In America, the '90s saw the rise of an intriguing trend dubbed the artist's movie. The term is odd, and possibly a little snobbish: cinema has always been an art form on a par with any other.
Even if we narrowly choose to define an artist as one who exhibits paintings, sculptures, photographs or installations in galleries and is acclaimed within the artworld, cinema and art have always been intertwined – from Ferdinand Leger and Man Ray to Robert Frank and Sophie Calle.
But so-called artist's movies in the past have been largely marginal affairs – short, experimental, usually not intended for mass circulation. The difference in the '90s is that such figures as Julian Schnabel (Basquiat,1996), David Salle (Search and Destroy aka The Four Rules, 1995), Cindy Sherman (Office Killer, 1997) and Robert Longo (Johnny Mnemonic, 1995) have made slick features with stars, stories and commercial intent.
Until recently in Australia, only the photographer Tracey Moffatt has approached this difficult dream of the artist's movie. Now, Davida Allen's film debut, Feeling Sexy, throws open new possibilities. An impressive and captivating work, it bridges the local spheres of cinema and art as no movie has quite done before.
Those familiar with Allen's painting and writing will instantly see how Feeling Sexy continues and extends the artist's long-held preoccupations and obsessions. Vicki (Susie Porter), a painter, enters into the adventure of marriage and family with passionate gusto. She wants it to be exciting, creative, fulfilling – all the time.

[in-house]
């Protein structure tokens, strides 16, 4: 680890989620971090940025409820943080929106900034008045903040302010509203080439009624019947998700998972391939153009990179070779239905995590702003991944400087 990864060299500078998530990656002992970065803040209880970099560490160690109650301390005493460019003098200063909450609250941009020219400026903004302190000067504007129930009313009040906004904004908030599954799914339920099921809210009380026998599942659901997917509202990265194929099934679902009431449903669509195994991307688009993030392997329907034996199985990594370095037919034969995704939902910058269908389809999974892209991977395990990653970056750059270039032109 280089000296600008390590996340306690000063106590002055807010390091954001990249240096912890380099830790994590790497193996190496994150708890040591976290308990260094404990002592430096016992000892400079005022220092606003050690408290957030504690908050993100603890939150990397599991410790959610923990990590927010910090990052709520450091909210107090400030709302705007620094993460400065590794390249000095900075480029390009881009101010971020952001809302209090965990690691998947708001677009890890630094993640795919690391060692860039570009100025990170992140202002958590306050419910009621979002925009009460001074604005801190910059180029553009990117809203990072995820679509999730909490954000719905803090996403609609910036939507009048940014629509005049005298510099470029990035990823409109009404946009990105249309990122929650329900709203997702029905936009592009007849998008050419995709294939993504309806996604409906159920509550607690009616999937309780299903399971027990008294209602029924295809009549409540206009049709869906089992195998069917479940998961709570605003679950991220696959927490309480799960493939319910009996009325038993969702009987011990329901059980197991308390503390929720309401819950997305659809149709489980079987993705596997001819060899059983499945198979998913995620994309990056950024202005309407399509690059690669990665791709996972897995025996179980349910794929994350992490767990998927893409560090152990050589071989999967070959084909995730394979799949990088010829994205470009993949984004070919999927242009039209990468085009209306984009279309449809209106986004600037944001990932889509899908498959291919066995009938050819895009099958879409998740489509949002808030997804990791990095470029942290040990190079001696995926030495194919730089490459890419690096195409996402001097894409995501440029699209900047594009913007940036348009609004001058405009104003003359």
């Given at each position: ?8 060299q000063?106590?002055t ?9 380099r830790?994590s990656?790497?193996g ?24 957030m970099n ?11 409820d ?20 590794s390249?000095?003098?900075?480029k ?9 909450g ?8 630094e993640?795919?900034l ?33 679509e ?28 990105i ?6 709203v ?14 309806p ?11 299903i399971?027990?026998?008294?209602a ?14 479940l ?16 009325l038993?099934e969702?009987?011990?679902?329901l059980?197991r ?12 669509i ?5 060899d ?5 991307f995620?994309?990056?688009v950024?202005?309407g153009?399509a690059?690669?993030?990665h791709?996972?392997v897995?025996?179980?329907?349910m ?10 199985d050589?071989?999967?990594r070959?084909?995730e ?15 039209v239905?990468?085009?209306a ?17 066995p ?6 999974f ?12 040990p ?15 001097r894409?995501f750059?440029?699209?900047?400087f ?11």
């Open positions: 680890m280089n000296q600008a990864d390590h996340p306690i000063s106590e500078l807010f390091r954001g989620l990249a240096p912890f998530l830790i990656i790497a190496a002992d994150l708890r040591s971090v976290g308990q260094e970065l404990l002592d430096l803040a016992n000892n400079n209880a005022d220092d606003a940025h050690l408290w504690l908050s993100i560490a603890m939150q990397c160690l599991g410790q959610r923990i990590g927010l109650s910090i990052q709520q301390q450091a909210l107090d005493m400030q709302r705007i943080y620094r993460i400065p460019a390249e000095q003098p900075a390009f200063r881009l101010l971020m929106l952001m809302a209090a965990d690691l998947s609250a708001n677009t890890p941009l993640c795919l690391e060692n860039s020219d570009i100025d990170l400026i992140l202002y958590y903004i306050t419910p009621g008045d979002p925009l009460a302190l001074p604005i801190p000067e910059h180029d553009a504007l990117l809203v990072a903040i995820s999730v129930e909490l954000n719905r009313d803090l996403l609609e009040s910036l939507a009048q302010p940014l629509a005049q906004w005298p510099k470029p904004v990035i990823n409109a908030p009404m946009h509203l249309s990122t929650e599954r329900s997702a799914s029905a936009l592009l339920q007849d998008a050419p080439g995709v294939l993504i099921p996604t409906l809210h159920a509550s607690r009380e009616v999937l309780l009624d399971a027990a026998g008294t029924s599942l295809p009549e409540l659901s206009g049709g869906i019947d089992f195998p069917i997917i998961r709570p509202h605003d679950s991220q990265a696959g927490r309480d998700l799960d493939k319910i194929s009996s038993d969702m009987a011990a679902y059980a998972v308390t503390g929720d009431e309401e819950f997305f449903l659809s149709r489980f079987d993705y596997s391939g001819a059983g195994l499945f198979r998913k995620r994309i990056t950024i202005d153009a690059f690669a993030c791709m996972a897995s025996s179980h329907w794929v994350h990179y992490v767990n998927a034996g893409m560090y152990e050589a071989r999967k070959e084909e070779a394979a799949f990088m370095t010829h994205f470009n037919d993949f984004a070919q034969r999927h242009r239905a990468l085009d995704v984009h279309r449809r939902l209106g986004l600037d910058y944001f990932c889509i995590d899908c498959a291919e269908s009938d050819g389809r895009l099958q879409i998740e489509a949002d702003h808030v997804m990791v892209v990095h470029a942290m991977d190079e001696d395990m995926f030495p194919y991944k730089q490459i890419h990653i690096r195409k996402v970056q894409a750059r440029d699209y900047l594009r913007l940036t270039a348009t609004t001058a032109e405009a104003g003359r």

But with Greg (Tamblyn Lord) away at work much of the day and exhausted at night, and a growing fleet of children demanding Vicki's attention and draining her energy, things become complex. Vicki's intense, sexual fantasies lead her into situations that threaten her bond with Greg.
Allen's art has often been about this drive to square the wild, fantasy realm with a tranquil, domestic life. Always more or less autobiographical, it takes us inside the imaginings and rhythms of the artist's daily struggles and pleasures.
But Feeling Sexy, to its credit, can also exist independently of Allen's wider oeuvre. Its immediacy and force derive essentially from Porter's splendid performance. On screen for virtually every moment, she commands the frame with her wit, sassiness and spirit.
Given that Greg is a doctor and that female fantasy drives the story, Feeling Sexy makes an intriguing double bill with Eyes Wide Shut (1999). As in Kubrick's film, the children in this family drama almost disappear from view. Allen's alter ego is the kind of bad-girl who puts everything at risk for the sake of a higher integration.
This is an artist's movie in both its running time and style. Less than an hour, it is comprised of furiously condensed and cleanly separated vignettes. Allen brings her painterly eye to the sharp, off-centre detailing of bodies, objects and environments. It is a rich, full and satisfying film.
© Adrian Martin December 1999